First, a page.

Sound Affects was the fifth studio album by British mod-revival group The Jam. Released during 1980 at the height of the band’s career, a career that would include a run of eighteen consecutive top 40 singles in the UK charts, many deem Sound Affects to be The Jam’s best album and at the very least their most musically interesting. With an overall sound that stuck to their traditional 60s beat influences, but that also branched out to include splashes of R&B and psychedelic rock, this is probably an accurate assessment of one of the 80s most underrated albums but best surprises.
Paul Weller, the band’s front man described Sound Affects as a cross between Michael Jackson’s Off the Wall and The Beatles Revolver, a description that certainly holds true on listening. The sound on the album combines a strong emphasis on rhythm and a prominent rhythm section with pop melodies and the occasional punk rage. The Off the Wall influence comes in the form of the excellent rhythm playing of Bruce Foxton on bass and Rick Buckler on drums, whose pounding bass and drum lines dominates across the album. Their playing is very much a Motown-inspired style and both the drums and bass sound so good on here (a very clean sound) to the point that they often take centre stage as lead instruments, whilst also being an essential part of the overall Jam sound. Paul Weller’s guitar playing, vocals and compositional skills bring in the 60s Beatles influences, punk, as well as a hint of psychedelia. His vocals flow between punk aggression and a mellower pop style similar to mid-60s Beatles, while his guitar playing is a mix of jangly chimes and a heavy distorted drive. On some of the tracks Weller also experiments both with guitar distortion and feedback, as well as the odd sound affect here and there, including a fly buzzing at the beginning of “Music for the Last Couple” and some French audio on the outro of “Scrape Away”.
The tracks on Sound Affects are generally of a high standard all and all, and despite a couple of somewhat lesser tracks most of the material is interesting and diverse. There is melody driven Beatles-like pop in the form of “Monday” and “Man in the Corner Shop”, while “That’s Entertainment”, probably the band’s most well known song is an acoustic mod anthem that forms the basis of a commentary on the drudgery and dreariness of English working class life. The Beatles influence becomes remarkably close on “Start” which includes an exact copy of the bass line and guitar riff from classic Revolver track “Taxman”, while also incorporating subtle R&B influences with a great rhythm track and a backing horn section. Then there are the more up-tempo ferocious punk anthems such as opening track “Pretty Green” with its pounding bass line and “But I’m Different Now with its heavily charged punk guitar. Experimental psychedelic rock also appears with the anthemic distortion driven “Set the House Ablaze” and album closer “Scrape Away”. On this note I would say that psychedelia was just a slight influence on the material here and was more used in an experimental capacity without playing a central role. With this in mind the influence of psychedelic rock and in particular The Beatles Revolver came mainly in the use of studio affects and heavy guitar distortion and echo. Finally, there are also hints at The Jam’s and Weller’s future direction with subtle splashes of R&B here and there. This is evident especially in the rhythm playing right across the album as I have already mentioned, but also on particular songs such as “Boy About Town” and “Start”, of which both contain horn parts and heavy funk-inspired bass and drum fills.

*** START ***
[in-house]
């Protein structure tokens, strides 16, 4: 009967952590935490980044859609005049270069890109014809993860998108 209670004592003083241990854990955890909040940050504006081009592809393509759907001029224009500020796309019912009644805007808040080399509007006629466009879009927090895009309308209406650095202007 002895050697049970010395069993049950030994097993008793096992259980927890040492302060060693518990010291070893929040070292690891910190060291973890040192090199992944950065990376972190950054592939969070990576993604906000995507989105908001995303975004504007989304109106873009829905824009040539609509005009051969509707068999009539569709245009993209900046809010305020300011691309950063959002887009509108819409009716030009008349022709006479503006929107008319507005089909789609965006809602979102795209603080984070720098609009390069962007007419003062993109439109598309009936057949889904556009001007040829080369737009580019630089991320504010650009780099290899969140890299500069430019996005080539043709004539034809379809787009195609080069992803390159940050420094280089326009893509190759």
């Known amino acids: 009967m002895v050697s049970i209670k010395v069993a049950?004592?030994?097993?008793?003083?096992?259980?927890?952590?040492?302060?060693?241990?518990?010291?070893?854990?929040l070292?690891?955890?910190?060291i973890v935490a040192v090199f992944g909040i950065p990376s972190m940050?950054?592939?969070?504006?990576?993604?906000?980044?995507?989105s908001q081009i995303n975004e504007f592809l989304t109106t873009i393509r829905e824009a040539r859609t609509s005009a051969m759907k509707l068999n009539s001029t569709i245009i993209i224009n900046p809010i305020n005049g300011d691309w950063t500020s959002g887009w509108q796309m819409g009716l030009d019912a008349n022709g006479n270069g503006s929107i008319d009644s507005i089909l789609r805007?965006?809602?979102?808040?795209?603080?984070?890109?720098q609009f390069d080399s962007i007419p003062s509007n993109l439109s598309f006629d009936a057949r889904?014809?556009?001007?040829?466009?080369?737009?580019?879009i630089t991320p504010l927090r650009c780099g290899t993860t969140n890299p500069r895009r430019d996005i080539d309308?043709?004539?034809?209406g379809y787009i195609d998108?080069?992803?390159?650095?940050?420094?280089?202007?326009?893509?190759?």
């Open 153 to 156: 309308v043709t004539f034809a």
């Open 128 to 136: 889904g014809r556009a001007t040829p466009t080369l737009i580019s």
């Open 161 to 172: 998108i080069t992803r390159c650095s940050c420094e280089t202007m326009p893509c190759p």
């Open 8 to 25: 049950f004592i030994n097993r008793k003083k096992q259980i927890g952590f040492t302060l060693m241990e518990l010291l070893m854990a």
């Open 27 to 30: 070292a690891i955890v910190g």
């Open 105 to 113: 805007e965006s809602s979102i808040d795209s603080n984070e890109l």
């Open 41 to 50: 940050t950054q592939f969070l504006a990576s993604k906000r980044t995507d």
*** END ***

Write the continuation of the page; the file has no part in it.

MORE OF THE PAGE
Overall, Sound Affects is a fantastic collection of infectious early-80s pop songs that are dotted with little bits and pieces from all sorts of different musical areas, which although feature do not compromise The Jam’s 60’s pop sound and overall punk ethos. Apart from the general catchiness of the songs and their cleverly crafted pop nature, as well as the interesting experimentation with different sounds and textures, the definite standout of Sound Affects is the rhythm section of Buckler and Foxton, who’s playing make these songs that extra special. Their playing to me is made even more remarkable considering the 80s would become dominated by drum machines and synths, and how also technology often came to overshadow the musical abilities of the people making the music. On listening to this album it is just nice to hear a proper rhythm section made up of proper players playing an essential part to the overall sound on display, of which without whose input the music would be half as good. Weller’s song-writing craft, aggressive vocals, and lead rhythm playing is simply the icing on the cake in what is overall a great 80s album, all be it an overlooked and underrated one at that.